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The Forum

The Student News Site of the Latin School of Chicago

The Forum

The Student News Site of the Latin School of Chicago

The Forum

An Abundance of Learning: Latin’s New Courses for 2024-25

Aryan Patel
Preview of new courses for the 2024-25 school year.

From food writing to printmaking and forensics to the Vietnam War, Latin is unveiling several new courses for the 2024-25 academic year. With the updated curriculum, Latin faculty hope to provide students with more elective choices as well as sufficient content to fit today’s changing world.

The Performing Arts Department will offer a new class called Just Dance. Performing Arts teacher Adriana Durant said that the class would be focused on “learning dances from the video game [Just Dance], starting with easy and moving to more difficult.” At the end of the semester, students will create their own dance video in a group to a favorite song, and if students wish to do so, their video may be shown at the dance concert.

The Visual Arts Department is also adding a new course to its curriculum: Printmaking. This course, offered in the second semester, will focus on the methods of printmaking and printmaking techniques. Each year Printmaking will alternate with Mixed Media, which did not run this year. “We intend to alternate both classes to improve the likelihood of getting enough students to fill the elective,” Visual Arts Department Chair Derek Haverland said.

The English Department is adding two English 12 courses, available to be taken for credit by seniors and as an elective by juniors. Black Voices, a returning course, will explore what it means to be in Black America and study works from authors like James Baldwin and Toni Morrison; Food Writing will focus on reading and writing in various genres centering on food and its historical and cultural significance.

Another addition to the English Department is Journalism II. Journalism II will be offered next year in the spring and will build on the skills learned in Journalism I. As with Journalism I, Journalism II will offer students the opportunity to publish their work in The Forum. This course will be available for all students of the Upper School.

“Through courses like these, the English Department is emphasizing reading experiences that reflect students’ lives, look into a different perspective, and allow students to explore a variety of identities,” Interim English Department Chair Katie Jones-Espinalles said.
History is also introducing several new courses. New courses include Introduction to Philosophy, which will focus on Social Contract Theory and have students read books by Locke and Plato, among other authors, and Film History, which will dive into media criticisms and have students explore the works of various film creators.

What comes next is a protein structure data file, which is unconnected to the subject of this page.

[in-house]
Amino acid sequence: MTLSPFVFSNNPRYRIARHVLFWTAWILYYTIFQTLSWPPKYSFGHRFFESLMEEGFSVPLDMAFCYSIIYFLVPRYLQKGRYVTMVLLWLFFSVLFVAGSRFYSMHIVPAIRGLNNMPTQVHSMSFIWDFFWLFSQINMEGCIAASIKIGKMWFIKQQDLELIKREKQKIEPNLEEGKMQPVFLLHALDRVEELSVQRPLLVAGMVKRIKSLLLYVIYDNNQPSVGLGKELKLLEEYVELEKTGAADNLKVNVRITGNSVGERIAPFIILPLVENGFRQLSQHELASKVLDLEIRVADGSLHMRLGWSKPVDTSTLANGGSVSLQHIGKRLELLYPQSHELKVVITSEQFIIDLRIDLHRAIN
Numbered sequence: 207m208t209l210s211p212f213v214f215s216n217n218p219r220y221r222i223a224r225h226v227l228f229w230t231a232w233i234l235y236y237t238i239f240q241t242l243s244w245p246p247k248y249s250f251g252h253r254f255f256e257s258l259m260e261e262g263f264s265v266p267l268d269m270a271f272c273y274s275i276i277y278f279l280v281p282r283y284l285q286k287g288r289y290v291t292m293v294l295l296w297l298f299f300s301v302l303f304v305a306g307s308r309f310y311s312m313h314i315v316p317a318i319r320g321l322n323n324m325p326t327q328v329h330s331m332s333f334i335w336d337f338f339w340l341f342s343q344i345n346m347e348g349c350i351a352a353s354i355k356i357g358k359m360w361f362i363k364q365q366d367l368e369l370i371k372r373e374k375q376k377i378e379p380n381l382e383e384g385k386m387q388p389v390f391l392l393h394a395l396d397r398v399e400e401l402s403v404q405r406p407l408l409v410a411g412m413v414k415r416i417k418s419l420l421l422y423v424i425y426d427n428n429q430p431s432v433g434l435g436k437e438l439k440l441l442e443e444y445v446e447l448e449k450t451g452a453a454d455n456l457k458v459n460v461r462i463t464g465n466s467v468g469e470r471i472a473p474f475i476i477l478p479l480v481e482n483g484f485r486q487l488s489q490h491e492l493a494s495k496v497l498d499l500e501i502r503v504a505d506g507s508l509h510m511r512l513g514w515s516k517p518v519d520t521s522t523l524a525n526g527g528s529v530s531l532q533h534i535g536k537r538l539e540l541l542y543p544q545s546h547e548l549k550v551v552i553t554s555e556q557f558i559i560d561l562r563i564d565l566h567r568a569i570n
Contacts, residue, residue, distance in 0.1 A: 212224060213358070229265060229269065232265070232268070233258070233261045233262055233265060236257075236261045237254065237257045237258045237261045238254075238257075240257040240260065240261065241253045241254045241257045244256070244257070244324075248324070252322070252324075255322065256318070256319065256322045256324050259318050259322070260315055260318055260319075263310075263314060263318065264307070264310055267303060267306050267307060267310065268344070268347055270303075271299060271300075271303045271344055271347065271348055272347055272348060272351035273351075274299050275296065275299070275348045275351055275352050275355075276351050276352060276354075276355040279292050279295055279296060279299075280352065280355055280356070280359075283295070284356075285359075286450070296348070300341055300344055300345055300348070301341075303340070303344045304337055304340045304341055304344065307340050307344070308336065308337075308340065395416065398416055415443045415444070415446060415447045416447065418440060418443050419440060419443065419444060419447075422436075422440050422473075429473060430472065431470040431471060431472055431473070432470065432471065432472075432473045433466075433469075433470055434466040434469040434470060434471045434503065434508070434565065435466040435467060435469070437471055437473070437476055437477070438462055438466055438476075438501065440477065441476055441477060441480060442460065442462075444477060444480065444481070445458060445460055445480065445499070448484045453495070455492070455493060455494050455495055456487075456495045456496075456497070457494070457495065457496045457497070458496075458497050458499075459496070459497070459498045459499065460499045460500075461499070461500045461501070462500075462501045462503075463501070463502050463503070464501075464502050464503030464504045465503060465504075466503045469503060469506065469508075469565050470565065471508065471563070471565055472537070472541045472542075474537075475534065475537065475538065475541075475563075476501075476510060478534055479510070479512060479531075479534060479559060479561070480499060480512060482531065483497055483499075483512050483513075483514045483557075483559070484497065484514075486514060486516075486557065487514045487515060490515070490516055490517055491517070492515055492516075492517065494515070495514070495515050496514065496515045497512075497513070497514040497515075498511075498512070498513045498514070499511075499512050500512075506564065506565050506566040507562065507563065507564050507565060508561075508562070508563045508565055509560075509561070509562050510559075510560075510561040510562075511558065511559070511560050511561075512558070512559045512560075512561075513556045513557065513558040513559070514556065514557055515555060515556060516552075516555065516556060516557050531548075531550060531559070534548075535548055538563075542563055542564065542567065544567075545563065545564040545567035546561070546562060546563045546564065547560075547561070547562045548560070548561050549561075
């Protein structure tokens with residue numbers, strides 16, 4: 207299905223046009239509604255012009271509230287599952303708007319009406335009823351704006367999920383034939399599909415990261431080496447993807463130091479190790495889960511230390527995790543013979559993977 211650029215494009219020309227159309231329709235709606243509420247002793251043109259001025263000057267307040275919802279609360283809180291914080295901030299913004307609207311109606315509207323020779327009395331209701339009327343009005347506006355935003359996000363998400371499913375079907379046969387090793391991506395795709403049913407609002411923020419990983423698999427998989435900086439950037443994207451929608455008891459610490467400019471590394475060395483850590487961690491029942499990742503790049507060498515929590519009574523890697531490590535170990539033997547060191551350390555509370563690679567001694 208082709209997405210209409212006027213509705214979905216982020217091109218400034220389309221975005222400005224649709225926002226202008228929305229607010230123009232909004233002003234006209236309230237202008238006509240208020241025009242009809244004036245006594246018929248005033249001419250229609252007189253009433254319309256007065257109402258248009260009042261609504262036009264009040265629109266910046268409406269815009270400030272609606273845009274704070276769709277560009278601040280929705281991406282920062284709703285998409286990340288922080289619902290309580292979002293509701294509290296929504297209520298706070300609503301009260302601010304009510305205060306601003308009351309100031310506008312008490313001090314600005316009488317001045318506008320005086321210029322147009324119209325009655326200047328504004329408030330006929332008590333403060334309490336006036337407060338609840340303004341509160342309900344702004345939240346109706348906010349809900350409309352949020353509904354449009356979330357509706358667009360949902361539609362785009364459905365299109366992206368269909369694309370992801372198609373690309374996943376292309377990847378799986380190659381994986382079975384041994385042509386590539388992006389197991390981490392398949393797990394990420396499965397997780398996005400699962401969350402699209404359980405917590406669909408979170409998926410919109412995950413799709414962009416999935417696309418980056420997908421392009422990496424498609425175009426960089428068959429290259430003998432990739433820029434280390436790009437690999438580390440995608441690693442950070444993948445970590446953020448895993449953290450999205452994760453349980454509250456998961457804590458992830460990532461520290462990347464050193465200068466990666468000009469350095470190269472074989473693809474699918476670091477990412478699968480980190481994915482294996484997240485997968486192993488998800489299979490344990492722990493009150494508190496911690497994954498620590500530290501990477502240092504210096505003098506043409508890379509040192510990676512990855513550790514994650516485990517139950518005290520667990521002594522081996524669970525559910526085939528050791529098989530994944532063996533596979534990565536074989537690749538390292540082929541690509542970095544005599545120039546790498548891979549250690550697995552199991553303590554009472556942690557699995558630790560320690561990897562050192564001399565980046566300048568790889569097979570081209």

Additionally, three courses that were not available this past year will be making a comeback: History of America Latina, which will explore how history influences identities; The Vietnam War on Screen, which will give students knowledge of the Vietnam War through films; and Religion: Myth and Ritual, which will further explore topics studied in the sophomore elective World Religions.

All new history course additions are being offered as senior electives. History Department Chair Milana Sjekloca pointed to the current Advanced Topics curriculum’s limitations as the reason: “There wasn’t enough variety or choices in the seniors’ electives.”

Meanwhile, Spice, a 10th grade semester-long class, will be removed from the curriculum for the upcoming year because “[history teacher Stephanie] Stephens, who teaches the class, is taking a sabbatical next year,” Ms. Sjekloca said. “It will be back for the following school year.”

Advanced Geometry, Advanced Topics, and Probability and Game Theory may run as math electives next year. “The electives will only run if enough students enroll,” Math Department Chair Nichol Hooker said. “For instance, Probability and Game Theory ran this year, while the other two didn’t, due to lack of student interest.”

In the Science Department, Forensics Science will be newly offered for the 2024-25 school year. Students in 10th, 11th, and 12th grade will be able to explore forensics topics such as chemical separation, DNA, fingerprinting, forgery, and more. The class will also explore technology, engineering, law, and criminal justice.

Unlike the Science Department, the Computer Science Department’s course offerings have not changed. “We are still a fairly new department still trying to figure out how to maximize enrollment in the courses we have and how to make sure we offer courses that both students are interested in and meet the goals of our department,” Computer Science Department Chair Ash Hansberry said. “We might have new courses in the future, but not next year.”

Moving away from the classroom, Physical Education has also made some changes. Lifetime Fitness Nutrition will not run due to a lack of interest in the class, and Upper School PE will be offered for the first time next year. “The Upper School PE class will offer more variety, and we can add more people in the class,” Physical Education Department Chair Tony Pascolla said, “The goal is to have at least 24 kids per semester.”

All of these courses will increase diversity in Latin’s curriculum, providing more class choices for students. Now, only one question remains: Which courses will students decide to take?

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About the Contributor
Aryan Patel, Staff Writer
Aryan Patel ('27) is excited for the next four years at The Forum. He enjoys reading, pumping out 80s rock music, and hopes to be a successful person in life. He currently plays golf and squash at Latin and is regularly seen bantering about college football and soccer with friends.

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